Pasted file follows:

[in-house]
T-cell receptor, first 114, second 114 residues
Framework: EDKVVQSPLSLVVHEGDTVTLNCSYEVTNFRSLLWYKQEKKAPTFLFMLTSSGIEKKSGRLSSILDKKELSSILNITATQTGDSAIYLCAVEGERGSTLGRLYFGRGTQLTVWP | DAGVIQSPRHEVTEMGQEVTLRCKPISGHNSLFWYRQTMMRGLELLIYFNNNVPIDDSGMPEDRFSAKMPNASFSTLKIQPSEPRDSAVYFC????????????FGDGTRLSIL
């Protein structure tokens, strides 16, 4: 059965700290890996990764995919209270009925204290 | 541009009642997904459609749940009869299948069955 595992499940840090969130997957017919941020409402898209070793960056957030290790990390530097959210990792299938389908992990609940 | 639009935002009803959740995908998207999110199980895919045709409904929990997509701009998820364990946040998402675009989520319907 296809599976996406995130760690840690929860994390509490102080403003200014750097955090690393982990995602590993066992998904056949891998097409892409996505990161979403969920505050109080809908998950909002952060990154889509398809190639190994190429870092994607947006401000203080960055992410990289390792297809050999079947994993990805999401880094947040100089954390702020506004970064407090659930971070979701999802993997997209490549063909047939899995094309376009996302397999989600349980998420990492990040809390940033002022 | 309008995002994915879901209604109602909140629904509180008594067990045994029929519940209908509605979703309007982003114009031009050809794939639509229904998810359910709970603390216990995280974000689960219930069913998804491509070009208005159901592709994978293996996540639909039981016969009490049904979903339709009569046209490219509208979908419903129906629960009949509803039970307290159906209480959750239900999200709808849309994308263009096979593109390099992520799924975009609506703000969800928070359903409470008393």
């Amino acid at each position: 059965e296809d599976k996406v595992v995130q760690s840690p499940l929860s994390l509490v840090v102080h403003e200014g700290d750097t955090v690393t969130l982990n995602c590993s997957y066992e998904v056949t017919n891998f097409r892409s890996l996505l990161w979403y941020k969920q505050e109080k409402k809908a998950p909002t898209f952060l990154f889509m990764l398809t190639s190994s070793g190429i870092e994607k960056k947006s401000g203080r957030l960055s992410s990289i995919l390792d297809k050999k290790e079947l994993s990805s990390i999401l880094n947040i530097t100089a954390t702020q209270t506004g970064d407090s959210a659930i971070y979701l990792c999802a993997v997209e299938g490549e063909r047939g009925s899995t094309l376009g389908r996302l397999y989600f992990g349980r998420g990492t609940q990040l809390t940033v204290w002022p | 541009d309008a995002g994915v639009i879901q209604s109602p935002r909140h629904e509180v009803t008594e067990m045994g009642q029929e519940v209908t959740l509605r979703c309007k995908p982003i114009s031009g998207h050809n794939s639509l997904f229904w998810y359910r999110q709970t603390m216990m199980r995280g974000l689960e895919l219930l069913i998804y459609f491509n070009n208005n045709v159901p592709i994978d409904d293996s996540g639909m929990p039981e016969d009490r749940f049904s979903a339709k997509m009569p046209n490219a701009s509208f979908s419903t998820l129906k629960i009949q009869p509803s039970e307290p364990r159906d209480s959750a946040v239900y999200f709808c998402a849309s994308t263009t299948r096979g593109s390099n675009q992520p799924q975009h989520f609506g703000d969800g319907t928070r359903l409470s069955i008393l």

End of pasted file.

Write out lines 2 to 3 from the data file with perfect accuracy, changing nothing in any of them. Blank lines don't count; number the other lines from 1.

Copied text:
T-cell receptor, first 114, second 114 residues
Framework: EDKVVQSPLSLVVHEGDTVTLNCSYEVTNFRSLLWYKQEKKAPTFLFMLTSSGIEKKSGRLSSILDKKELSSILNITATQTGDSAIYLCAVEGERGSTLGRLYFGRGTQLTVWP | DAGVIQSPRHEVTEMGQEVTLRCKPISGHNSLFWYRQTMMRGLELLIYFNNNVPIDDSGMPEDRFSAKMPNASFSTLKIQPSEPRDSAVYFC????????????FGDGTRLSIL